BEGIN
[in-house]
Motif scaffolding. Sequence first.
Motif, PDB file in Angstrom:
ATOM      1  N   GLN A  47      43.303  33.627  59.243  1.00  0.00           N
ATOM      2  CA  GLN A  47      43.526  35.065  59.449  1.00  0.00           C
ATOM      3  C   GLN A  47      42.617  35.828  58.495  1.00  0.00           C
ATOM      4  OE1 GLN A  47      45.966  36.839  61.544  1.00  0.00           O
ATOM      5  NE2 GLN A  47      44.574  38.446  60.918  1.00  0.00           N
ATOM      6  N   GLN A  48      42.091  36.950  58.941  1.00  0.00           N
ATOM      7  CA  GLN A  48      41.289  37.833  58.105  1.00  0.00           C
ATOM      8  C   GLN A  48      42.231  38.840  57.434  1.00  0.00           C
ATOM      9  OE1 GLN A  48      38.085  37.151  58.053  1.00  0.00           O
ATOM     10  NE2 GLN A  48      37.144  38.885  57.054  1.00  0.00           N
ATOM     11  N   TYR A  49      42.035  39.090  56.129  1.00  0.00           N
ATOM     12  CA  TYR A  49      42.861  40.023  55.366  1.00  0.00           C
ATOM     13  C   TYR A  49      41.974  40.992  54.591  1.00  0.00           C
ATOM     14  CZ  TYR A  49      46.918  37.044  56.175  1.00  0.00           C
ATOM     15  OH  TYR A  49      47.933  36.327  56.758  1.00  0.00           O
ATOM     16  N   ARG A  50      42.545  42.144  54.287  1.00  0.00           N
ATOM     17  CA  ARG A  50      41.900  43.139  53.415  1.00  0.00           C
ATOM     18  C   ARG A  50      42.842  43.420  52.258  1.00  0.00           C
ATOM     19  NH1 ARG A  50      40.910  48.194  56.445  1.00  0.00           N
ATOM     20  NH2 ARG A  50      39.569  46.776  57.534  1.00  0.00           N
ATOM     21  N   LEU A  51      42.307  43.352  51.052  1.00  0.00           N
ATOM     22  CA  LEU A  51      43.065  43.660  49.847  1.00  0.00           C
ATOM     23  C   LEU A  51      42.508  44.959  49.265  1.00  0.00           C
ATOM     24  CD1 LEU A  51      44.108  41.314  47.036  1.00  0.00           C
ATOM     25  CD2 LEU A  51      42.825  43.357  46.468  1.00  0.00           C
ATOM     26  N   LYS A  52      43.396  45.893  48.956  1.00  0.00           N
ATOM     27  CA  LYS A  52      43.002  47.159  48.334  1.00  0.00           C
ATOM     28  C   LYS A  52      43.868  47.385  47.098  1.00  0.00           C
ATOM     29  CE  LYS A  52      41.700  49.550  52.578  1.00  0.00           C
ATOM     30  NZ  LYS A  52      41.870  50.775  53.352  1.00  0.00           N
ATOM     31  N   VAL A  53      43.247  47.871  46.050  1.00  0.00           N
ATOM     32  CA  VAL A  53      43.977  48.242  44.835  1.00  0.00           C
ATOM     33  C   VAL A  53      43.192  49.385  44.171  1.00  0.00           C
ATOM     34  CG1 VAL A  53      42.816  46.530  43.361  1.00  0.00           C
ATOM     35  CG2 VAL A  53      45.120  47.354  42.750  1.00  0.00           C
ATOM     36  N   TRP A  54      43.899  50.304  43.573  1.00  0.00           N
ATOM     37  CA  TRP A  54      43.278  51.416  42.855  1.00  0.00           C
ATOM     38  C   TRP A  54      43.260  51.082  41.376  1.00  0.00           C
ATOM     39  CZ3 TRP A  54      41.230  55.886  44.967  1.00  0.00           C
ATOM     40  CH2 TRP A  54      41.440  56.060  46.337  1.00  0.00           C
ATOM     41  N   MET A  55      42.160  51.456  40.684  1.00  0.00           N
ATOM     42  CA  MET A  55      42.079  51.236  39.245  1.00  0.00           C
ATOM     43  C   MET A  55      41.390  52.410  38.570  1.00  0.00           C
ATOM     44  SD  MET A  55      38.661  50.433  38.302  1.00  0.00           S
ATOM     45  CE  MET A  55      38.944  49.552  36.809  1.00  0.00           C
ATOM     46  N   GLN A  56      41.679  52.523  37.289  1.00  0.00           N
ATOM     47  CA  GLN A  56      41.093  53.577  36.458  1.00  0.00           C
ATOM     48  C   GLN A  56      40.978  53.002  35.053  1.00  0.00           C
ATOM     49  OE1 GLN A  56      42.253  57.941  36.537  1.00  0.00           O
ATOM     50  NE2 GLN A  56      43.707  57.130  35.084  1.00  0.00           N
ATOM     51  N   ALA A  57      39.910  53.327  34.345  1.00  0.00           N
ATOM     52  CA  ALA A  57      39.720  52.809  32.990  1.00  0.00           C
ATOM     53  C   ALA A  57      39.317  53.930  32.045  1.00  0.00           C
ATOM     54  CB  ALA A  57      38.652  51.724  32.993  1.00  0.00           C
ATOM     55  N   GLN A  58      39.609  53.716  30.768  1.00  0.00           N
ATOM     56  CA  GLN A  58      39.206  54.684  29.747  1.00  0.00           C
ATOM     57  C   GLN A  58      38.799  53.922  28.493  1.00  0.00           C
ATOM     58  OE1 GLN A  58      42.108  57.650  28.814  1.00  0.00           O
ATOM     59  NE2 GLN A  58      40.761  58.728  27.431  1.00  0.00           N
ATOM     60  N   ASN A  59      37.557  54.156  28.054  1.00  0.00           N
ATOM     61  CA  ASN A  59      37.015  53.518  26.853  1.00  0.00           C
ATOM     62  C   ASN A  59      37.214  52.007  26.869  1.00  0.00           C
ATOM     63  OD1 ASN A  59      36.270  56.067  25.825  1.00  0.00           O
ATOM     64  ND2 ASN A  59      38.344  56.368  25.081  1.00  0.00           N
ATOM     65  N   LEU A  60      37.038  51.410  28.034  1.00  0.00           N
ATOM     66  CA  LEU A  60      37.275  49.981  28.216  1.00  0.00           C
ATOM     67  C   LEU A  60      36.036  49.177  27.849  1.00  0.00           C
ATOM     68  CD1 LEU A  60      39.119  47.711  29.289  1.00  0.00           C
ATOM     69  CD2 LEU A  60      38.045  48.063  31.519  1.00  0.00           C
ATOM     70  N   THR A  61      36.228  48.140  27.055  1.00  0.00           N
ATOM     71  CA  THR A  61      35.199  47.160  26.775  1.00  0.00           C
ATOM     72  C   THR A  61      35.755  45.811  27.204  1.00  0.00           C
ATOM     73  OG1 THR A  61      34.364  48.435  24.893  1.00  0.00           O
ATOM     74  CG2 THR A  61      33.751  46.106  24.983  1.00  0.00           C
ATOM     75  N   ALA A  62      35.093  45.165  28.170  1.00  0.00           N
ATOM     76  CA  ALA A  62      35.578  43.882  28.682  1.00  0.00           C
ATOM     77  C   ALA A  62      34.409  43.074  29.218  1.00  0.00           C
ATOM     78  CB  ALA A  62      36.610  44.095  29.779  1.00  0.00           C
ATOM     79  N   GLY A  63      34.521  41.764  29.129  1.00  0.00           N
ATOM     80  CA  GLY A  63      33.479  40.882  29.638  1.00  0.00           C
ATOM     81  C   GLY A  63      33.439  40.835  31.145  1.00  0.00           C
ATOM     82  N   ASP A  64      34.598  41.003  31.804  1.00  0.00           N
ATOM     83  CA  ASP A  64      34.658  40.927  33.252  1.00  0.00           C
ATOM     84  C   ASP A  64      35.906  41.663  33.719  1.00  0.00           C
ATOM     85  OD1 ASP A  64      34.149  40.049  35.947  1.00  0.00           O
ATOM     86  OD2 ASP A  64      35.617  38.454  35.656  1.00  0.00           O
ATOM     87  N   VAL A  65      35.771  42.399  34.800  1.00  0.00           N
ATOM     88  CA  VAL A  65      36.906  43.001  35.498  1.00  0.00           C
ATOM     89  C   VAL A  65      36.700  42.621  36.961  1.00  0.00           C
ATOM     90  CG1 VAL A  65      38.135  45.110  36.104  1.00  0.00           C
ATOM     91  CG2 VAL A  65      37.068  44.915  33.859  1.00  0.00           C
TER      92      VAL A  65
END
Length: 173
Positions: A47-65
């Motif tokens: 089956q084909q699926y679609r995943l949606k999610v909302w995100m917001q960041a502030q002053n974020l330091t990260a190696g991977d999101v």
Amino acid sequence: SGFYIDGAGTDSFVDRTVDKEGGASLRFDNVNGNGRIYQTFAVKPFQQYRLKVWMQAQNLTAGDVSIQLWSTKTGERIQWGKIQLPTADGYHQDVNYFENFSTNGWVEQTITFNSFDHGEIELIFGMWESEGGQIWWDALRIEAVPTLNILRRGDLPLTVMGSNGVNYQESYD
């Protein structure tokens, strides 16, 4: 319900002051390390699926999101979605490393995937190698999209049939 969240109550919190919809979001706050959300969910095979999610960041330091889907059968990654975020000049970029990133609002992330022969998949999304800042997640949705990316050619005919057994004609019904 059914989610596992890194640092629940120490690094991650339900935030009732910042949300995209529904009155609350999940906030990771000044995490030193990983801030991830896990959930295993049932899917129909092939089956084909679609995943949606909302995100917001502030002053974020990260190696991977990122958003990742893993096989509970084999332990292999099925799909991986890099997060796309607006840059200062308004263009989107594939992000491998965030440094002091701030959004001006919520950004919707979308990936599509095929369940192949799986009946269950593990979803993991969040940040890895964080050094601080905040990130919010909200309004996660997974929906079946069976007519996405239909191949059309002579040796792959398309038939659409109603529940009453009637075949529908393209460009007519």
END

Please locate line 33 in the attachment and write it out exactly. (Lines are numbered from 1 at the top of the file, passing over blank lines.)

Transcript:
ATOM     30  NZ  LYS A  52      41.870  50.775  53.352  1.00  0.00           N